Remember to; • Follow safe work practices • Ensure the information you give is accurate • Work in a hygienic manner

CHECKPOINT: • • Give two reasons why the server should have accurate and current information about different wines on the menu. What is a variety of wine?

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ACTIVITY: Assume you are a sommelier in a restaurant, which has Cabernet Sauvignon, Zinfandel and Chardonnay among the options on the wine list. Provide correct and current information on these options to a guest who knows very little about wines. You will then have a discussion with your learning facilitator and peers.

DISCUSSING STYLE AND PRODUCTION METHODS WITH CUSTOMERS

Must – this is juice from crushed grapes before fermentation. is discarded and must is fermented. • • • •

It might be necessary to discuss the production methods and style with the customer. For e.g., as soon as possible after picking the grapes are put through the steamer to extract their juices. The skin

Special yeast is added to must before fermentation begins Sometimes extra sugar is added (chaptalization) Wines are stored and racking takes place periodically The wine maker decides how long the wine will be aged. Some wines are served as soon as possible after bottling; others are further aged in the bottle.

Refer to: Kolpan Stephen, Smith Brian, Weiss Micheal, (1996). Exploring Wines, John Wiley and Sons Inc. (this reference outlines the procedures and styles of wine making).

CHECKPOINT: • • • What is a must? What is fermentation as it relates to wine making? What is chaptalization

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ACTIVITY: Assume you are a sommelier in a restaurant and a guest asks you about the style and production method of Chardonnay. Outline how you would address this query. Put suggestions in writing, to be assessed by your learning facilitator.

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READY TO TEST YOUR COMPETENCY? Now that you have completed this element, see if you have fully grasped all the components by doing the following Self-Assessment: Checklist 1 1. 2. 3. 4. I understand the importance of assisting customers in making wine selections in a courteous manner I can offer specific advice on the compatibility of different wines for the menu I can provide correct and current information about different wine options I can discuss styles and production methods in clear and Simple language where appropriate Yes ( ) ( ) ( ) ( ) Yes ( ) ( ) ( ) ( ) No ( ) ( ) ( ) ( ) No ( ) ( ) ( ) ( )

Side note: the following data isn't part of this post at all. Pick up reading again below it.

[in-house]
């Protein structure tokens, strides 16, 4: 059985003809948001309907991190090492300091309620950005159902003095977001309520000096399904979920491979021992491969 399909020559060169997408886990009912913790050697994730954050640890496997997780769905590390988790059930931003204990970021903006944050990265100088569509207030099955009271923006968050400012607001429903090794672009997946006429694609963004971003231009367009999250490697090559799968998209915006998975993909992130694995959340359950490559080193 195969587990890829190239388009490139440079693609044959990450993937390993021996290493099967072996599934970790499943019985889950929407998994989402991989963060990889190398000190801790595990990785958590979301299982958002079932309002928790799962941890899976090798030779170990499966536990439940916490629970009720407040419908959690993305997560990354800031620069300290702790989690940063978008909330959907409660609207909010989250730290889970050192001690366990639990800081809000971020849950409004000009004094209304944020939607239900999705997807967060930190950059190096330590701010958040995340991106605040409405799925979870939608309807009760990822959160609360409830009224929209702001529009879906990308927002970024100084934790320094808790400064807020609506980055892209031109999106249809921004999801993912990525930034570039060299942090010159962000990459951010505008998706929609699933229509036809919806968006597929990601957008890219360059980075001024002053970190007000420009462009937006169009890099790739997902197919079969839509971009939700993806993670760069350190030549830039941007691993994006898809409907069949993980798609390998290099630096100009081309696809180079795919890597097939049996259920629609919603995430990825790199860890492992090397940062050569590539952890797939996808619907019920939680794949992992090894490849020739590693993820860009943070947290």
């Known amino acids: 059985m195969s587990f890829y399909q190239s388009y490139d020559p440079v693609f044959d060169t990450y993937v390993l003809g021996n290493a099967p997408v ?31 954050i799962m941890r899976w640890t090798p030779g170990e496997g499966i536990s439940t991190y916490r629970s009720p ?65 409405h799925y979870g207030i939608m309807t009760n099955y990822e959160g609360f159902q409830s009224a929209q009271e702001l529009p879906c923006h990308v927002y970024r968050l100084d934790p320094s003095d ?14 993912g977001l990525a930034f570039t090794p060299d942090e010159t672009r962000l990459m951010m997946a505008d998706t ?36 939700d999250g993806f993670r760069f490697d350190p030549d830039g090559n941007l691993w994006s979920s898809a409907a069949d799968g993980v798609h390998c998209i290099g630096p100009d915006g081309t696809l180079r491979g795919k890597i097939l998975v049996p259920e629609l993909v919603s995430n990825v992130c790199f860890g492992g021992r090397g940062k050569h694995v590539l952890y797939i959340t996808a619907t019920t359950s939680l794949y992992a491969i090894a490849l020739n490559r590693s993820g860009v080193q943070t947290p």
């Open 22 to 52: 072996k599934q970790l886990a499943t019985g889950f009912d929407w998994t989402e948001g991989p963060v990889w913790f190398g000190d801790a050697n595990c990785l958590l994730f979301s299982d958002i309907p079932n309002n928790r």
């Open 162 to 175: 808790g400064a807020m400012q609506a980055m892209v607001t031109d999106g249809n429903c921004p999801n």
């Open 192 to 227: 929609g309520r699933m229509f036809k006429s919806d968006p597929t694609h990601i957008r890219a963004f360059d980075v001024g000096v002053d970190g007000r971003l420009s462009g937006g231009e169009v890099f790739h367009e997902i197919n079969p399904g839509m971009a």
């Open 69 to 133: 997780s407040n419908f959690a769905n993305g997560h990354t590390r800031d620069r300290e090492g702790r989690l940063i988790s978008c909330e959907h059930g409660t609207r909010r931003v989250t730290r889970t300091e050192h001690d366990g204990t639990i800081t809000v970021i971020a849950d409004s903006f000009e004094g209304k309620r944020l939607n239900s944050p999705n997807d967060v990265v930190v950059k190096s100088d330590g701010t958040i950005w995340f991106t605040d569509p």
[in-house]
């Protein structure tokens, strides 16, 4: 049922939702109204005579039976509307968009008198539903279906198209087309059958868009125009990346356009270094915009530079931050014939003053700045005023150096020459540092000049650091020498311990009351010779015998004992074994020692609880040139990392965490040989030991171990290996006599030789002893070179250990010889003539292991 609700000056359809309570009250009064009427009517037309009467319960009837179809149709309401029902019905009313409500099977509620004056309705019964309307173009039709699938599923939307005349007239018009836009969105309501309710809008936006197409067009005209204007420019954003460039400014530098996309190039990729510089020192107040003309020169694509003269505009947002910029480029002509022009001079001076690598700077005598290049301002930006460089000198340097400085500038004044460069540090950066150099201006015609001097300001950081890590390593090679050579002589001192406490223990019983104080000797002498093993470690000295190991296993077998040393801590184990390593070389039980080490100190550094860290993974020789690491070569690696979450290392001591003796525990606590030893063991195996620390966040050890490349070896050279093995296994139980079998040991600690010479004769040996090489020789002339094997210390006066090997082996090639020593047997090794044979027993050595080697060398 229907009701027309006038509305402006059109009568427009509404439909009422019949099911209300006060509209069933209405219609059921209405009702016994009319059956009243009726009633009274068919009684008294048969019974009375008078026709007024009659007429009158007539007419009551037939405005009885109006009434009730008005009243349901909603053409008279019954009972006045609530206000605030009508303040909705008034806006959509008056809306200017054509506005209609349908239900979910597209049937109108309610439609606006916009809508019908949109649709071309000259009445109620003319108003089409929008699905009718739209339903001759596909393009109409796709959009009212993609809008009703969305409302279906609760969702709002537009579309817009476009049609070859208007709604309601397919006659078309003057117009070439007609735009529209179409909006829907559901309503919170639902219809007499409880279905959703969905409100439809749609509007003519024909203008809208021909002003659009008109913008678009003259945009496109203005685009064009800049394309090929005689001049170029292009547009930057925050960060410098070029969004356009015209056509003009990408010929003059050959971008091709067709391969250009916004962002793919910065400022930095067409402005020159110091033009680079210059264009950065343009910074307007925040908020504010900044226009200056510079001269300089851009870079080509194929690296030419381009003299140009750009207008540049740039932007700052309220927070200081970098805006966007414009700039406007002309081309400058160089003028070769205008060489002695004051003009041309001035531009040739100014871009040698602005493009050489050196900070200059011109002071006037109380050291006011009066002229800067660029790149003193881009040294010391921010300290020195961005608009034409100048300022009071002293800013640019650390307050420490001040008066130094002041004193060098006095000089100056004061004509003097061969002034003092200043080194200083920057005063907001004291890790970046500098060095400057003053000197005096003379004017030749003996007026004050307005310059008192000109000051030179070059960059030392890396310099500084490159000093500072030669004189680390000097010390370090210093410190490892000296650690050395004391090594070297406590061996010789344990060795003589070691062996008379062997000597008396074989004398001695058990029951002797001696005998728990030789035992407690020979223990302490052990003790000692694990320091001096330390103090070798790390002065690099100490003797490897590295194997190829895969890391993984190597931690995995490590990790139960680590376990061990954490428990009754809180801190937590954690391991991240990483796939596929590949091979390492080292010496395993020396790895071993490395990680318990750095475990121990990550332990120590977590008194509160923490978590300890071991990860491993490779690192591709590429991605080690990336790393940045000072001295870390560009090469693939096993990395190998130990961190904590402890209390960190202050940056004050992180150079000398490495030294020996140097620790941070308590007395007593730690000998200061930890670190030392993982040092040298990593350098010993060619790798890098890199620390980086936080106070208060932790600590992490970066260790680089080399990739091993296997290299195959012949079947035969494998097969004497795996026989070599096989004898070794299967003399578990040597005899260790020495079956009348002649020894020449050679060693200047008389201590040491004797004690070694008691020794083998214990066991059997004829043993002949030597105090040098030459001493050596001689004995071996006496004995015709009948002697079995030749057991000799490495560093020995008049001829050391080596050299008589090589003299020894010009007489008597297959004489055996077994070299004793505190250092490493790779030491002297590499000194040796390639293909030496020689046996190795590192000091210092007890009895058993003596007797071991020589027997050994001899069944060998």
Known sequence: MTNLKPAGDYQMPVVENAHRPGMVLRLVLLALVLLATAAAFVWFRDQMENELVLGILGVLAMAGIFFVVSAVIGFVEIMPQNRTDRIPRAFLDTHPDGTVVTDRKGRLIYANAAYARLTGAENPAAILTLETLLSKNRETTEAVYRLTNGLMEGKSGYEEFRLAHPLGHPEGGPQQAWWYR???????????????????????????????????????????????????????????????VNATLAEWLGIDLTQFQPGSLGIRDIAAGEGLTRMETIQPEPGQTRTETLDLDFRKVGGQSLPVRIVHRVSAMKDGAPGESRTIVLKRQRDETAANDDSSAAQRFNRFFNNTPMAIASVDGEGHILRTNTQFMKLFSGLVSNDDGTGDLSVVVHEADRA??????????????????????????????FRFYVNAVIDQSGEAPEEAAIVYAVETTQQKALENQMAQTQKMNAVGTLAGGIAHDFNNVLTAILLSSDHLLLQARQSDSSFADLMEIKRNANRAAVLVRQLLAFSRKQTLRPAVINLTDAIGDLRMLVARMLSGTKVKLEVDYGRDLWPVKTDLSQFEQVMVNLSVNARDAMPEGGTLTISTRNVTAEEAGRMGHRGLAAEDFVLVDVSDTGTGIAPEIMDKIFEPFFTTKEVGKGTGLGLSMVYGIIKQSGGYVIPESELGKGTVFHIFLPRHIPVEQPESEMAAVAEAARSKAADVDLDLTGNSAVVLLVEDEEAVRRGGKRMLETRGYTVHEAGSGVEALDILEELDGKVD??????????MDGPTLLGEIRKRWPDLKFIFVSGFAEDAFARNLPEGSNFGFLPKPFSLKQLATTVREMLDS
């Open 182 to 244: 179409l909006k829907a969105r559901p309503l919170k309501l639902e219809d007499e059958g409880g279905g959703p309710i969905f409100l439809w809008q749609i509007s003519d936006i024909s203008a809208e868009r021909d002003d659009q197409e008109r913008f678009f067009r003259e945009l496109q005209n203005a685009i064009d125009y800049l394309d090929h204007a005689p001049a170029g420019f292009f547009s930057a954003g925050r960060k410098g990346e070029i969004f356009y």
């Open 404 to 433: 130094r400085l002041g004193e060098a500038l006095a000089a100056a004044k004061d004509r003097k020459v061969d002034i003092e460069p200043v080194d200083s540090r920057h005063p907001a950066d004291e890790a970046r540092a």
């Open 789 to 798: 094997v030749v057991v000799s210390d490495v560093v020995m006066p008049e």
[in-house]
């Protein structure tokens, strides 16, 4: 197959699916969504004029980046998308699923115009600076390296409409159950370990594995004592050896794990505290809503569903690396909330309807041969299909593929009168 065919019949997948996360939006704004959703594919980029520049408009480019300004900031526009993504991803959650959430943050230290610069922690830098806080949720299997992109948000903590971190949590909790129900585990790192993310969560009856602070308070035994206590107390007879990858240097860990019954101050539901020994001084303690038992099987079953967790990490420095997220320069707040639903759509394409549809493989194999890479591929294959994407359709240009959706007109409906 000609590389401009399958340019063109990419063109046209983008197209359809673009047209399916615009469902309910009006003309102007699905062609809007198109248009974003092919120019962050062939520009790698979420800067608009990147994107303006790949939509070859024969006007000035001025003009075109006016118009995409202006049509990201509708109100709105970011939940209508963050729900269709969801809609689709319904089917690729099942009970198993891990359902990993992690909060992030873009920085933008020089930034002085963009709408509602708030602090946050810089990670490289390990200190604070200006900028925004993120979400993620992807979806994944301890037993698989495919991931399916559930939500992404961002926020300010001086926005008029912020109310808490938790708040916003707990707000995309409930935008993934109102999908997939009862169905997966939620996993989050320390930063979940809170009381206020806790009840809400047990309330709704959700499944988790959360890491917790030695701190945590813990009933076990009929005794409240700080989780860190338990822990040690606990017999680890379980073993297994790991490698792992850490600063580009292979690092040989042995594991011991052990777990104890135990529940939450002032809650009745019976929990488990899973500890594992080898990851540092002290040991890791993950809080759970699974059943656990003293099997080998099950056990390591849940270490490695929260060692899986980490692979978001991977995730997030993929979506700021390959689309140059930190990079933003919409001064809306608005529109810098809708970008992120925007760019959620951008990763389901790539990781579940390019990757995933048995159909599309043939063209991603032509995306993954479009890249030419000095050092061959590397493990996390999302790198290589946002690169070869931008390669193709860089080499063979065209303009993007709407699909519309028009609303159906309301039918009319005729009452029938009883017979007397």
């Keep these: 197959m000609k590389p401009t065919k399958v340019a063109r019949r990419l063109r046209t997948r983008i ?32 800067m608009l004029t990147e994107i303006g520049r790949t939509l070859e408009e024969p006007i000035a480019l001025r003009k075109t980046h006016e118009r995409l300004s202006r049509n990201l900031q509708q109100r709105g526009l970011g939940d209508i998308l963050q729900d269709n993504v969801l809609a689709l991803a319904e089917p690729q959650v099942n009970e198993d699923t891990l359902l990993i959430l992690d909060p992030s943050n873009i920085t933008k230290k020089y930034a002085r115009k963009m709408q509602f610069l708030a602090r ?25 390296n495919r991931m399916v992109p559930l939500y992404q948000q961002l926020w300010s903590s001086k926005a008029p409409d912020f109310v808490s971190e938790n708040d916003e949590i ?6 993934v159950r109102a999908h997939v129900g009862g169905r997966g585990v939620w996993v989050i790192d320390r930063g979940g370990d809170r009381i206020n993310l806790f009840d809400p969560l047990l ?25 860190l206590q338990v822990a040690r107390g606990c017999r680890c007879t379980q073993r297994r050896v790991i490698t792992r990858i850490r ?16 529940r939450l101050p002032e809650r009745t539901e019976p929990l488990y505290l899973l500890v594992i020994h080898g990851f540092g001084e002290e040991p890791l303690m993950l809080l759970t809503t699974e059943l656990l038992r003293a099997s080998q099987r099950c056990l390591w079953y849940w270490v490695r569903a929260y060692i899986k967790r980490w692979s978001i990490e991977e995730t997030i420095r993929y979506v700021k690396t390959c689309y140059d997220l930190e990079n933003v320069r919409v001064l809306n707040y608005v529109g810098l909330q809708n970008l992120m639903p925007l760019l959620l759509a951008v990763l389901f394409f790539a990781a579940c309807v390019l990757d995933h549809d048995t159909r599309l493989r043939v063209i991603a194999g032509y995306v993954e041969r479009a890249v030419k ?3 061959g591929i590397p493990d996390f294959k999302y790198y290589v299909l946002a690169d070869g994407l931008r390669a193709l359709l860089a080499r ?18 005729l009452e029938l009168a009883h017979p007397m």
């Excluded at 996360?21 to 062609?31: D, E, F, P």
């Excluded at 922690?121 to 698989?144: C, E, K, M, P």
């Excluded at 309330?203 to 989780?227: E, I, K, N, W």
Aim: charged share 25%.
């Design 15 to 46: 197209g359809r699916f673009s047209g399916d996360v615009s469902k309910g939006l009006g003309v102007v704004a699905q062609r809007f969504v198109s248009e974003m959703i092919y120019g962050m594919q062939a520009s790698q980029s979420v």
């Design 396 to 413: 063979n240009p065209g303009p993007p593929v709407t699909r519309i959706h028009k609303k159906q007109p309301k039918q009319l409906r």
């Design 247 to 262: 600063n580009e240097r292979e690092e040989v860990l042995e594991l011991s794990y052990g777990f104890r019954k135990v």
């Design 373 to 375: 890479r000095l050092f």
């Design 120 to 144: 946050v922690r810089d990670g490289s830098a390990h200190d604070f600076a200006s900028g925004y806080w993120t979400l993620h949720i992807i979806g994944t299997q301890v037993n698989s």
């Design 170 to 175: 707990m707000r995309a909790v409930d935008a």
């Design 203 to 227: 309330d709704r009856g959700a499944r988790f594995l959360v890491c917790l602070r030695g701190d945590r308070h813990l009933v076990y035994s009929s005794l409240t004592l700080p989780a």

Checklist 2 1. 2. 3. 4. Assistance with making wine selections is courteously Offered to customers Specific advice is offered on the compatibility of different wines for menu items Correct and current information about different wine options is provided Styles and production methods are discussed with customers in clear and simple language

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ELEMENT 2:

EVALUATE WINES

LEARNING OUTCOMES

As you go through this element, you need to ensure that you acquire the necessary knowledge, skills and attitude to evaluate wines. Your learning facilitator is there to assist you through the various activities. Upon completion you should be able to: 1. Evaluate wines using accepted sensory evaluation techniques 2. Use wine evaluation to enhance the quality of information provided to customers and inform wine selectors 3. Promptly recognize impaired wine quality and take appropriate action.

EVALUATING WINES

• • •

When evaluating wines, sensory evaluation techniques are used. Evaluating the wine begins with appraising its appearance. The wine should be clear and bright. The colour of the wine is appraised next; the colour should be inviting and true to its varietal, geographic or stylistic type. Tasting the wine is the final step in the sensory evaluation process. Sip the wine rolling it over your tongue. Hold the wine in your mouth for about ten seconds. Your taste buds are arranged so that you taste sweetness first, then sourness or acidity, then bitterness.

Refer to: Kolpan Stephen, Smith Brian, Weiss Micheal, (1996). Exploring Wines, John Wiley and Sons Inc.

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CHECKPOINT: • • • • • ‘Legs’ or ‘tears’ may be seen running down the side of the glass after the glass is swirled. What is meant by ‘legs’ or ‘tears’? Explain the difference between aroma and bouquet What does “body” mean as it relates to evaluating wines? “Closed” or “dumb” are two terms used by wine evaluators. What do they mean? Briefly explain the steps used in evaluating wines